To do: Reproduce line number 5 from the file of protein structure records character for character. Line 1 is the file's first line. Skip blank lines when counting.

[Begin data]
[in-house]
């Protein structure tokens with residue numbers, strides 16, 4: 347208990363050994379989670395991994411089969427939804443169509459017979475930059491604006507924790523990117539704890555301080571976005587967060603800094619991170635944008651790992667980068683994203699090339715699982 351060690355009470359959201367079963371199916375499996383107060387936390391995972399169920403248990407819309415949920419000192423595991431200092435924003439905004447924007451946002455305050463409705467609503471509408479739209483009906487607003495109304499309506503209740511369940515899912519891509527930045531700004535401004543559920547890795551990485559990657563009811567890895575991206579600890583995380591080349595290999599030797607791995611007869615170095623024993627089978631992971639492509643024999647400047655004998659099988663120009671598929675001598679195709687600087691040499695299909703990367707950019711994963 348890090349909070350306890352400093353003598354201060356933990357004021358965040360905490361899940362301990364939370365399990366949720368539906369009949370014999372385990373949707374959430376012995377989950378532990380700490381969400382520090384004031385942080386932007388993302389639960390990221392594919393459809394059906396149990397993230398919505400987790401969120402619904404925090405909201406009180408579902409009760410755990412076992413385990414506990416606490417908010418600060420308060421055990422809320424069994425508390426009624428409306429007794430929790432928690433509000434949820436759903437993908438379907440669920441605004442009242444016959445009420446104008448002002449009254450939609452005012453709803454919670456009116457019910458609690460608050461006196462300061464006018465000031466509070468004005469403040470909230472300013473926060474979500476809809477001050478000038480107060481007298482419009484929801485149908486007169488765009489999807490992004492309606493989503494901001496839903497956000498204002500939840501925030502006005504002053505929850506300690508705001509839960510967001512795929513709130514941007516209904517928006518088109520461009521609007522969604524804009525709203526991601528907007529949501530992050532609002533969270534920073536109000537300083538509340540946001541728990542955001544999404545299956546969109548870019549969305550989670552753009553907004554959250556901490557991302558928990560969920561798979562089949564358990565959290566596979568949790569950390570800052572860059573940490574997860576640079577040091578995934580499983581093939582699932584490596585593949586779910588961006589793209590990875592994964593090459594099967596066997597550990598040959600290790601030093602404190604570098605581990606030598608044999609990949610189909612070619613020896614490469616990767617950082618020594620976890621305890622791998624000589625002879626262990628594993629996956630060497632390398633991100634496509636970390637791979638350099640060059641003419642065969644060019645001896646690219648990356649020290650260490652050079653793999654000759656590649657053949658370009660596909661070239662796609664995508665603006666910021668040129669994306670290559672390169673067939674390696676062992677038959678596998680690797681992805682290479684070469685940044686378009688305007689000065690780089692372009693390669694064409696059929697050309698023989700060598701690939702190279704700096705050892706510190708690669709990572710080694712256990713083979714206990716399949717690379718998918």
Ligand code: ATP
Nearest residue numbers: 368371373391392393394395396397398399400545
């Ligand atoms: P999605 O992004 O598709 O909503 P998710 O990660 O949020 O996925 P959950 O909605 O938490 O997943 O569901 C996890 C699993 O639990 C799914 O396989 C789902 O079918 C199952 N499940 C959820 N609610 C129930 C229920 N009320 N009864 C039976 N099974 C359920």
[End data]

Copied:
């Ligand atoms: P999605 O992004 O598709 O909503 P998710 O990660 O949020 O996925 P959950 O909605 O938490 O997943 O569901 C996890 C699993 O639990 C799914 O396989 C789902 O079918 C199952 N499940 C959820 N609610 C129930 C229920 N009320 N009864 C039976 N099974 C359920």